Discover more from Bram’s Thoughts
Zero is the Universal Bayesian Prior
A slightly better explanation of Stein's Paradox
Stein’s paradox is legitimately disturbing. Here’s a great video explaining it and giving an okayish but not terribly satisfying resolution. If you don’t already know what Stein’s paradox is, you should watch this video as background before reading the rest of this post, in which I’ll try to give a better resolution.
In summary, if you’re estimating a value of three or more dimensions (for example a single box might have length, width, and height) you can make your estimate more accurate by making it slightly smaller, regardless of what the estimate actually is.
The thing which is very disturbing about this is that it isn’t exactly ‘smaller’ it’s towards zero. Why zero? No particular reason, it just has to be a valid value. Why not towards 2x, which moves your estimate in the exact opposite direction? Well that would be fine if you happened to pick 2x out of a hat beforehand but if you did it after getting your data as a value calculated off of x it’s making your estimate less accurate. This makes no sense. Analysis of data should come entirely out of the data, not out of the brain of the data analyzer. Multiple analyses of the same data ideally should come to the same conclusions. This is the exact opposite of that, depending critically on some completely arbitrary decision the data analyzer made.
This shows up in seemingly innocuous applications. If we’re measuring temperature why use Celsius? Why not Fahrenheit? Or Kelvin? If we’re measuring speed, why use the Earth as our inertial reference frame? Why not the Sun? Or the Earth if it wasn’t spinning on its axis? Or the speed of light?
Temperature is the most illuminating example. We don’t move our value closer to zero Kelvin because that’s a ridiculous value which we know isn’t going to happen. While Celsius and Fahrenheit both have different zero values, they’re set to amounts which can happen in normal everyday experience. But in the case of Fahrenheit it’s a bit of a stretch. Using ‘room temperature’ is more reasonable.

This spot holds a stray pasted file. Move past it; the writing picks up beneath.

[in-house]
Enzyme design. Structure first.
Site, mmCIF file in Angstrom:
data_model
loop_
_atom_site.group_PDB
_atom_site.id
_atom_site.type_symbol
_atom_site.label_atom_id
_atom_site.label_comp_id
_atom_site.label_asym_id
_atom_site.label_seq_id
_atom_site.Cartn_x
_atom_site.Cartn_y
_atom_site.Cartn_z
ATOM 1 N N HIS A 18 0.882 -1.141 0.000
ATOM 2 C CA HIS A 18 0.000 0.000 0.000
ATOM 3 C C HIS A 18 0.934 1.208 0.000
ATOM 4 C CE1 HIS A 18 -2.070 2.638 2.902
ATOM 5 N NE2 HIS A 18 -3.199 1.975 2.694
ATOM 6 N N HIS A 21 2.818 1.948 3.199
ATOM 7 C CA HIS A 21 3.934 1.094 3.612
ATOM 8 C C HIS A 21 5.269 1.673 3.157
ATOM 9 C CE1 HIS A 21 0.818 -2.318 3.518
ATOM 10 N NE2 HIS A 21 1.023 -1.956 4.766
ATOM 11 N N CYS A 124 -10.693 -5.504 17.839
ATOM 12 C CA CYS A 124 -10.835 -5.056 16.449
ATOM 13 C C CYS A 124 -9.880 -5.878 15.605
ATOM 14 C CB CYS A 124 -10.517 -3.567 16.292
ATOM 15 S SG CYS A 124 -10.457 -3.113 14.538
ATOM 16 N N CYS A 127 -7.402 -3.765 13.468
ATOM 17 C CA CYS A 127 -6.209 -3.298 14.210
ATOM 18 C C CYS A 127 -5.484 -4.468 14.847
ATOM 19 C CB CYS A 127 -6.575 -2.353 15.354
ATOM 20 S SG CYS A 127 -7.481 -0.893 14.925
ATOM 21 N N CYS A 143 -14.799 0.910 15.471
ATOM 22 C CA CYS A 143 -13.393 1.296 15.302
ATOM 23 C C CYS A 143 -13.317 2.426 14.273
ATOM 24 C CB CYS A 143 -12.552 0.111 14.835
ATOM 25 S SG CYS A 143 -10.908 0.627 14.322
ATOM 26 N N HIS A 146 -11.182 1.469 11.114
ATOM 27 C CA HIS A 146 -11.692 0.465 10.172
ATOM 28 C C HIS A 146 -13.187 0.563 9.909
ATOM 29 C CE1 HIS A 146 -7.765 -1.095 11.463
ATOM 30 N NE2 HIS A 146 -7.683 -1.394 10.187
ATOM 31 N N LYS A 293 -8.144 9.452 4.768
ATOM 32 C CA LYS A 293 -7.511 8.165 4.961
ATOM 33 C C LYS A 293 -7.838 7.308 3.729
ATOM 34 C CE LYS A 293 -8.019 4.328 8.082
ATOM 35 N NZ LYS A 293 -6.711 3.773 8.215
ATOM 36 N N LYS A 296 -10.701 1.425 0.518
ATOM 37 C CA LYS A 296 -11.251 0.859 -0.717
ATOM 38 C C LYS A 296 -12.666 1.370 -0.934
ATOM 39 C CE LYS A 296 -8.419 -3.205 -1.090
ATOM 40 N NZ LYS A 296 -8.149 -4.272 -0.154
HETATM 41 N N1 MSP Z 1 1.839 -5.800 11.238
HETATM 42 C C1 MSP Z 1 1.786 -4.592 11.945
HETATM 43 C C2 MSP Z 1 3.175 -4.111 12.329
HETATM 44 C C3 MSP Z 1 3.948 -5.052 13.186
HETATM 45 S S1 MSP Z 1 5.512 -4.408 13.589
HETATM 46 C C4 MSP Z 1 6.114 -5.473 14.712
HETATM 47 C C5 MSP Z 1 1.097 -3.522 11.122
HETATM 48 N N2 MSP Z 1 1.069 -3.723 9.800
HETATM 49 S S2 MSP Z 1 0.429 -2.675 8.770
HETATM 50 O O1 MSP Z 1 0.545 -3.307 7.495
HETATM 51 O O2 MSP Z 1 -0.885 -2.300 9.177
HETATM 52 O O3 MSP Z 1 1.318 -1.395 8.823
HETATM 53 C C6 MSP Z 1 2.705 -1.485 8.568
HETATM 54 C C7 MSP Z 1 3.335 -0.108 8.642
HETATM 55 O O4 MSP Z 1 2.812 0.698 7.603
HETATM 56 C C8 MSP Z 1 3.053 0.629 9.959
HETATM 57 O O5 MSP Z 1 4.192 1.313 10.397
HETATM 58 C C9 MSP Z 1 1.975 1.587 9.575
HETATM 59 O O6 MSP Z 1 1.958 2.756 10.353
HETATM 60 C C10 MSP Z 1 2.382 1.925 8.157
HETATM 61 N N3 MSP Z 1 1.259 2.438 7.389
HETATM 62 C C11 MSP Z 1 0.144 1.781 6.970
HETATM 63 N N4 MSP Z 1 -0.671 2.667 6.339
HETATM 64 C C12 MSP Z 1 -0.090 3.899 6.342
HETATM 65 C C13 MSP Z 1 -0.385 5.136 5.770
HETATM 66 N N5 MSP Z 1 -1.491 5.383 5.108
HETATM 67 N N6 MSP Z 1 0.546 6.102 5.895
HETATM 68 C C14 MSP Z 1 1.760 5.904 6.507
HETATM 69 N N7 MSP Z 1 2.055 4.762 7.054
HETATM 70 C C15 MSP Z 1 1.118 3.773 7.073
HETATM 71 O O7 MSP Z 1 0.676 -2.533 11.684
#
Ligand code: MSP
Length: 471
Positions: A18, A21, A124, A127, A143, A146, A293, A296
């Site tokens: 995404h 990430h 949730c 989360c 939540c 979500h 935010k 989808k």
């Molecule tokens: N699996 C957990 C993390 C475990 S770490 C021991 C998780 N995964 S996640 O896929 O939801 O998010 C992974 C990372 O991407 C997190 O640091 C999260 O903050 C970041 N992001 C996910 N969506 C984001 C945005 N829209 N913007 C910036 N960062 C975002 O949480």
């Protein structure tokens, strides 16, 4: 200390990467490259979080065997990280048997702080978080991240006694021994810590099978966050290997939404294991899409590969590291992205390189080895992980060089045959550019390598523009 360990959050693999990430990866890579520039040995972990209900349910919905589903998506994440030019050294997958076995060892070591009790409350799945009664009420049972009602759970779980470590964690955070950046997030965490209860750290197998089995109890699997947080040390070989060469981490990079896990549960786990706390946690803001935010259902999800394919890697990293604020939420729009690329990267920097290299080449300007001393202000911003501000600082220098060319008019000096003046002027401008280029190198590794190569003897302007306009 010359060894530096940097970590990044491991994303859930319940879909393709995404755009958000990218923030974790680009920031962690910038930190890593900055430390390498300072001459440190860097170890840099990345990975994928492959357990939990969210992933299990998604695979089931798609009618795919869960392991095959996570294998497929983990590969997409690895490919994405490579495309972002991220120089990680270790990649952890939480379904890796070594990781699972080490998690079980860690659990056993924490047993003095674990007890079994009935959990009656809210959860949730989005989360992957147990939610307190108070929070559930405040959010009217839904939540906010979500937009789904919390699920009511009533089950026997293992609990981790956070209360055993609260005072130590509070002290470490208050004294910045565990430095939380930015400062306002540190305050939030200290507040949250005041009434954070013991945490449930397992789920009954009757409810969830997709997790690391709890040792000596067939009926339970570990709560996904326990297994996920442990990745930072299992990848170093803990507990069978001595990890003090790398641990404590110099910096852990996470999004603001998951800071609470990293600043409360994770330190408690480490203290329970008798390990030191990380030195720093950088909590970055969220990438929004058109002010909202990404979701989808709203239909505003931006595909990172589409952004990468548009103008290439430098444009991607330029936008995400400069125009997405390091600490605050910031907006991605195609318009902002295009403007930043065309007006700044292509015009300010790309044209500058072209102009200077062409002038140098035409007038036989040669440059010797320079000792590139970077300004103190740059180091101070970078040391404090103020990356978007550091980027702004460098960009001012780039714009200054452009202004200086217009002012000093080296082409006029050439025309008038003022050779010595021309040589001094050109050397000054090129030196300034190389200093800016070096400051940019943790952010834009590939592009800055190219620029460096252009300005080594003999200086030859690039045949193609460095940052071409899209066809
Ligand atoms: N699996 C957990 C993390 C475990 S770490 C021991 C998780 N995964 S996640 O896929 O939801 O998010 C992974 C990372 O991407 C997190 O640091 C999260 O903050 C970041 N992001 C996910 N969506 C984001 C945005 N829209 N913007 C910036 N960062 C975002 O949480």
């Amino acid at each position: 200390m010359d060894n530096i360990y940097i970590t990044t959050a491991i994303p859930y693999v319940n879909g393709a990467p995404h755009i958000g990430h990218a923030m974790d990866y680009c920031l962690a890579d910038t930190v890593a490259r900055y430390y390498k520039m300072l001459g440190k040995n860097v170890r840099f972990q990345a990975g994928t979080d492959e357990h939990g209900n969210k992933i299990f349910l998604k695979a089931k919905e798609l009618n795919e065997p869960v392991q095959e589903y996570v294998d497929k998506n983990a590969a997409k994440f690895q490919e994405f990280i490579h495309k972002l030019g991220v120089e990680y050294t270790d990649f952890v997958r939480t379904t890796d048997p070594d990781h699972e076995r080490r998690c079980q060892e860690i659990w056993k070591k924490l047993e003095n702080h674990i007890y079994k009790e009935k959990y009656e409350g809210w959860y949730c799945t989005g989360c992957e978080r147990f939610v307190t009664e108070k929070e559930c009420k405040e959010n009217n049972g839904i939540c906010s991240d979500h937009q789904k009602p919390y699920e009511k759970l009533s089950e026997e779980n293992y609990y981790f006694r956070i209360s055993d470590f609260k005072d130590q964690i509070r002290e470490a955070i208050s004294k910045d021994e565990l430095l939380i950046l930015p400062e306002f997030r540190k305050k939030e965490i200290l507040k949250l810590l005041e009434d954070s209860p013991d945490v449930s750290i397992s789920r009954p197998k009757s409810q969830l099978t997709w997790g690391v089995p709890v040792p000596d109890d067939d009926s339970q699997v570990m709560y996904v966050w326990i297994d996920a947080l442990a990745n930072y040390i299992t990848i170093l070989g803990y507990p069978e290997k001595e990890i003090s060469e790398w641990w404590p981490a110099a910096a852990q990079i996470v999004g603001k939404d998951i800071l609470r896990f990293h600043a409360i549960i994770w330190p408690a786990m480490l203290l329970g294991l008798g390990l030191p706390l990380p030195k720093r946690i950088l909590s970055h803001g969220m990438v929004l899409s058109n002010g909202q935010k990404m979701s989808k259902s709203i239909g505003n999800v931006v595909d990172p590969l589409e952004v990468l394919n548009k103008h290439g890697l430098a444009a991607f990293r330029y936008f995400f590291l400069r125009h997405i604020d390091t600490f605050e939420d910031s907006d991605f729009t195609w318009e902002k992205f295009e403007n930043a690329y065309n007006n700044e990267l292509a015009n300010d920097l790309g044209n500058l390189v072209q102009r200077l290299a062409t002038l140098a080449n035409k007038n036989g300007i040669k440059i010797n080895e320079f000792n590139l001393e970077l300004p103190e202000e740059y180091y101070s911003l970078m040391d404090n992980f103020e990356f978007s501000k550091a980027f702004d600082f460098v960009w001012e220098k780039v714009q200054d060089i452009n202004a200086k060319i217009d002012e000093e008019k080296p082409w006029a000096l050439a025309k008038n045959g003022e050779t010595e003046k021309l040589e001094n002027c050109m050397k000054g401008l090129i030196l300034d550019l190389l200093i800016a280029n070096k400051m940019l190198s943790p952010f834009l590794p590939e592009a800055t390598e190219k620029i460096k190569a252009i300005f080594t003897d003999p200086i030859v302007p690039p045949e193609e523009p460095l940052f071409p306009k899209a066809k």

This gets to the crux of what’s going on. The James-Stein estimator is getting a Bayesian prior by cheating. It’s a reasonable assumption that any units in common use have zero set to a ‘normal’ value. This isn’t always true, for example in the example of the dimensions of a box it obviously can’t have zero length so it’s probably downright counterproductive there. But Bayesian priors are generally reasonable things to use and this now sounds a lot less weird.
Of course you shouldn’t use the not-admitting-it’s-a-Bayesian-prior value of zero, you should use a real Bayesian prior, for example room temperature, or something a bit more germane to your experiment. Given this, we can now rephrase Stein’s paradox in a way which sounds much more reasonable:
If you’re measuring something consisting of many values and the measures of each of them is done independently (note major caveat!) then each of those measurements will individually add noise to the total making it increasingly reasonable to bias your final estimate towards a Bayesian prior as the number of values goes up.
And now it doesn’t seem to paradoxical any more.
One useful lesson we can draw is that when estimating a value which it’s known must be positive we can improve accuracy a bit by averaging our values when representing them on a log scale. That does ‘bend towards zero’ a bit but it does it in a way which is much more reasonable and it requires the zero be specifically on the boundary of an invalid value, like zero Kelvin or length zero.
Thanks for reading Bram’s Substack! Subscribe for free to receive new posts